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Which players should the Hornets target in free agency?

We’ve only got a few days before the action truly begins.

NBA: Charlotte Hornets at Brooklyn Nets Wendell Cruz-USA TODAY Sports

The mania is almost here.

It’s been a couple of years since the NBA had its usual summer free-agent frenzy, and it feels like things are finally back to normal in the world of basketball. The NBA Finals concluded and fans across the league instantly shifted into offseason mode as rumors flew every which way, including some about our own Charlotte Hornets. John Wall was bought out of his contract and already plans to sign with the Clippers and Kyrie Irving was rumored to be traded to like three different teams before opting into his deal and staying in Brooklyn, all while contract negotiations are supposed to be on hold. NBA summers are so back.

Though general manager Mitch Kupchak has sent out signals that indicate the Hornets may not be players in the free agent market outside of re-signing Miles Bridges and Cody Martin, there’s still plenty of flexibility to create cap space by shuffling pieces around along with the $10.3M non-taxpayer mid-level exception. But that begs the question; which players should Kupchak and his staff be interested in?

We’ll go through (realistic) targets at every position and give a little insight as to why they’d be a good fit in Charlotte for each player. Most of these players will be exception candidates that can presumably be signed for about $10M or less annually given the Hornets’ lack of cap space. Let’s start with the guards.

Free-agent guards

Ricky Rubio: Granted, the veteran Rubio will likely have suitors that can offer the chance to compete for a championship and/or a bigger role, but he’d provide stability as a backup point guard and his style of play wouldn’t be a significant change from LaMelo Ball when he sits.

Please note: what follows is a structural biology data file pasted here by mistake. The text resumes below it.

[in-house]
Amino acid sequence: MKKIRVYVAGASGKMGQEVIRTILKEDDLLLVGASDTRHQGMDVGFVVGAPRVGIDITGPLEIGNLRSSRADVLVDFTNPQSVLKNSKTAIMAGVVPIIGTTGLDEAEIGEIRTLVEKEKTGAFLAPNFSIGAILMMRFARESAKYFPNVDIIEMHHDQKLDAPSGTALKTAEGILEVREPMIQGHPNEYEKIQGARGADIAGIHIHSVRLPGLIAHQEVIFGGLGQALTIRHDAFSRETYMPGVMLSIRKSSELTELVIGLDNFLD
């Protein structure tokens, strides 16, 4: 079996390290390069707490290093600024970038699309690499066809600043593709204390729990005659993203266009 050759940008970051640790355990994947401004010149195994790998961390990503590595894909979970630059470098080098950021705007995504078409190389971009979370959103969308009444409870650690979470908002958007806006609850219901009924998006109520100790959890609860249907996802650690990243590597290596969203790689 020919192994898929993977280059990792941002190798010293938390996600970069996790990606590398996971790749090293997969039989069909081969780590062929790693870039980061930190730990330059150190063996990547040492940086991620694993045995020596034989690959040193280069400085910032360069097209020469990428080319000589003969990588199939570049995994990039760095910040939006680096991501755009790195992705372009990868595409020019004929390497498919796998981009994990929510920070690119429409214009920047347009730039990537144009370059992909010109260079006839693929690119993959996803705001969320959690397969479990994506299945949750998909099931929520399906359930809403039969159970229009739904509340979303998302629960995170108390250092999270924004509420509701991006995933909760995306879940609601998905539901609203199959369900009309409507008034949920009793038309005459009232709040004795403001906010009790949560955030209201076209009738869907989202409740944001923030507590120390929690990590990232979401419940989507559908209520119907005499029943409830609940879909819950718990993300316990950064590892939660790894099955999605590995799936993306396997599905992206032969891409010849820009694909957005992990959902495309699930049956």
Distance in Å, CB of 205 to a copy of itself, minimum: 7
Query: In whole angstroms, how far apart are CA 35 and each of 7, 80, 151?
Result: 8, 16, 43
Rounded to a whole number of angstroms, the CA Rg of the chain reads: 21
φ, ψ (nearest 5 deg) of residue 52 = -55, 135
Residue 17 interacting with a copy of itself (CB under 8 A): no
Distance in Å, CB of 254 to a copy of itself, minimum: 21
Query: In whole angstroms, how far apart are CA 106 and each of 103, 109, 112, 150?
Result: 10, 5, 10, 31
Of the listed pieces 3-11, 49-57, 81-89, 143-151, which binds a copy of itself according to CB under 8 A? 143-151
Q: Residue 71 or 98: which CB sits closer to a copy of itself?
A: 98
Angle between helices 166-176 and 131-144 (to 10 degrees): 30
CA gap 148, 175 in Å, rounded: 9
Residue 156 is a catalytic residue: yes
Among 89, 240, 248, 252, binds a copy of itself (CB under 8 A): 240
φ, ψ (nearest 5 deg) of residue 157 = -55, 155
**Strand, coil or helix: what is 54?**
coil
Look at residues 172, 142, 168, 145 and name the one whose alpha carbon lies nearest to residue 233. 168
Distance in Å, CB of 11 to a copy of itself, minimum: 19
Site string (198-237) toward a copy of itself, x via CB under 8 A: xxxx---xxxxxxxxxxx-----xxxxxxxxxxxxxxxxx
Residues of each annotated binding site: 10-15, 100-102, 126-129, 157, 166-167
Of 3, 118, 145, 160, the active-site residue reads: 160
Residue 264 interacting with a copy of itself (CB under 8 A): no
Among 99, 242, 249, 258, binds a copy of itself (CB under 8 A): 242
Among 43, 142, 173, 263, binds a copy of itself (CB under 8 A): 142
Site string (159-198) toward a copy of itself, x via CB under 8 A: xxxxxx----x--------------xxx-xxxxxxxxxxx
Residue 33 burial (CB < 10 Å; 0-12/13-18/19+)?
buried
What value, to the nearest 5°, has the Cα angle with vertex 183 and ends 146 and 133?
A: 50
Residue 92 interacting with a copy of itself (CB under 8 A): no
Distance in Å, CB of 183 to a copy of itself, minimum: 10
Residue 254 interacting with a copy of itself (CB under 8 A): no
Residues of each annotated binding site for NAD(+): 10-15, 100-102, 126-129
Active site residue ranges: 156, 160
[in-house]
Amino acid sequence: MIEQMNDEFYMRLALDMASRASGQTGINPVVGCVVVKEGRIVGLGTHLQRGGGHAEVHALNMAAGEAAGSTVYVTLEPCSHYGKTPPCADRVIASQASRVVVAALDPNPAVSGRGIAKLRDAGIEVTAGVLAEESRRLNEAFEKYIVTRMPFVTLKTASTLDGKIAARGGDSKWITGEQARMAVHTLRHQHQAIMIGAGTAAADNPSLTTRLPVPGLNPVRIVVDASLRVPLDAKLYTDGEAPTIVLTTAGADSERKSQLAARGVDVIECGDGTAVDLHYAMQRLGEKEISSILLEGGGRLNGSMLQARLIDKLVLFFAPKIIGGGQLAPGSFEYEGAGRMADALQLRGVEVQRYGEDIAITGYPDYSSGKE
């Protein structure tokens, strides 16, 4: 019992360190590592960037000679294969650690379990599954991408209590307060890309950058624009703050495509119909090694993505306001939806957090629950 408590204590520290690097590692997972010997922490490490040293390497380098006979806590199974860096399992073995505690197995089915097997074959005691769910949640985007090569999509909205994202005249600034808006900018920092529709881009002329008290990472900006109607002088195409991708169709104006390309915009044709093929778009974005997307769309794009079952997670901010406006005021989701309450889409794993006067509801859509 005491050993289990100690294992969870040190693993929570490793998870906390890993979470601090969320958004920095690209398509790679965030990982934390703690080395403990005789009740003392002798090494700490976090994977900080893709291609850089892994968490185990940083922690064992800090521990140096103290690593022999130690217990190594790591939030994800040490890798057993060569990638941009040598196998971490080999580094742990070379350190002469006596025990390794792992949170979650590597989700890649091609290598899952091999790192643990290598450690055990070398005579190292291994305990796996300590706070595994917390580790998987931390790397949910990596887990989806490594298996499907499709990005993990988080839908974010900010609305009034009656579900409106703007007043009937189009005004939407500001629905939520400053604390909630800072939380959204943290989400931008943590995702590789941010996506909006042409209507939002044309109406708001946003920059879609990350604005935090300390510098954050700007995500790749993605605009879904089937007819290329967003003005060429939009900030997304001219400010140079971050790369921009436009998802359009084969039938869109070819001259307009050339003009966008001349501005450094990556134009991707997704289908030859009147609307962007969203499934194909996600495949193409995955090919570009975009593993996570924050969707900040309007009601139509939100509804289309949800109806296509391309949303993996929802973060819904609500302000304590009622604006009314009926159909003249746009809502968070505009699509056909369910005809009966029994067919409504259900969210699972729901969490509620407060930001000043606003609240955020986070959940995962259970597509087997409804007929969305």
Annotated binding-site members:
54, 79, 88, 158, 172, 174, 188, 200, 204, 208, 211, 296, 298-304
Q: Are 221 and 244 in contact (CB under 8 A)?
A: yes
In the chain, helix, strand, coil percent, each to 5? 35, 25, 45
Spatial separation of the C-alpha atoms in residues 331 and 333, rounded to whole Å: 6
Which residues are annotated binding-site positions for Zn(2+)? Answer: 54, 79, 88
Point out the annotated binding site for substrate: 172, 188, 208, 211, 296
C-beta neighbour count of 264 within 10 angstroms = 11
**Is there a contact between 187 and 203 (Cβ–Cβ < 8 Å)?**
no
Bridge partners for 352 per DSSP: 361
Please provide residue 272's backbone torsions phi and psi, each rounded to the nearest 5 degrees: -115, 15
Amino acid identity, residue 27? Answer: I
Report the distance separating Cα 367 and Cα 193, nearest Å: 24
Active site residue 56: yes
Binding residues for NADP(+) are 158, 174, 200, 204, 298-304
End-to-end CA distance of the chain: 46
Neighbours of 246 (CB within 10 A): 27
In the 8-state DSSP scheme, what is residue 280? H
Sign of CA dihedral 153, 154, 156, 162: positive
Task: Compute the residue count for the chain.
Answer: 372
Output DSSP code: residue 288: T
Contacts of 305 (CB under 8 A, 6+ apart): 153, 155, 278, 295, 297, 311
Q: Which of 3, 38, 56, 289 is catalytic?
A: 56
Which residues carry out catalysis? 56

Delon Wright: The Hornets could use a backcourt defender and Wright’s length would pair well with Ball and counteract Terry Rozier being undersized at the two. He’s a career 35.4 percent shooter from deep but has been north of 37 percent each of the last three seasons.

Tyus Jones: Jones has been one of the most efficient playmakers in the league for the last few seasons and even led the NBA with a 7.04 assist-to-turnover ratio in 2021-22. While a bit undersized, the eight-year vet is one of the best backup point guards in the NBA.

Lonnie Walker IV: Though Walker is a restricted free agent, the Spurs added two more guards in the 2022 draft and are in a bit of a roster crunch at that position. If he’s the odd man out, it may not take a huge offer to lure him away from San Antonio. Bleacher Report’s Jake Fischer reported today that Walker is unexpected to return to the Spurs.

Rajon Rondo: Like Rubio, Rondo might be chasing rings at this stage of his career, but I have a feeling he’d receive plenty of minutes under Steve Clifford with his occasional defensive activity and reliable playmaking.

Isaiah Thomas: There’s always a chance IT gets brought back after establishing himself as a leadership presence in the locker room last season. Defense is always going to be an issue with Thomas but every team can use a microwave scorer.

Free-agent wings

Bruce Brown: As a wing-sized playmaker who doubles as a screen-setter that can roll to the rim or pop out for threes, Brown has a unique role in today’s NBA. He shot 40.1 percent from downtown last year, crashes the glass and can switch across a few positions defensively.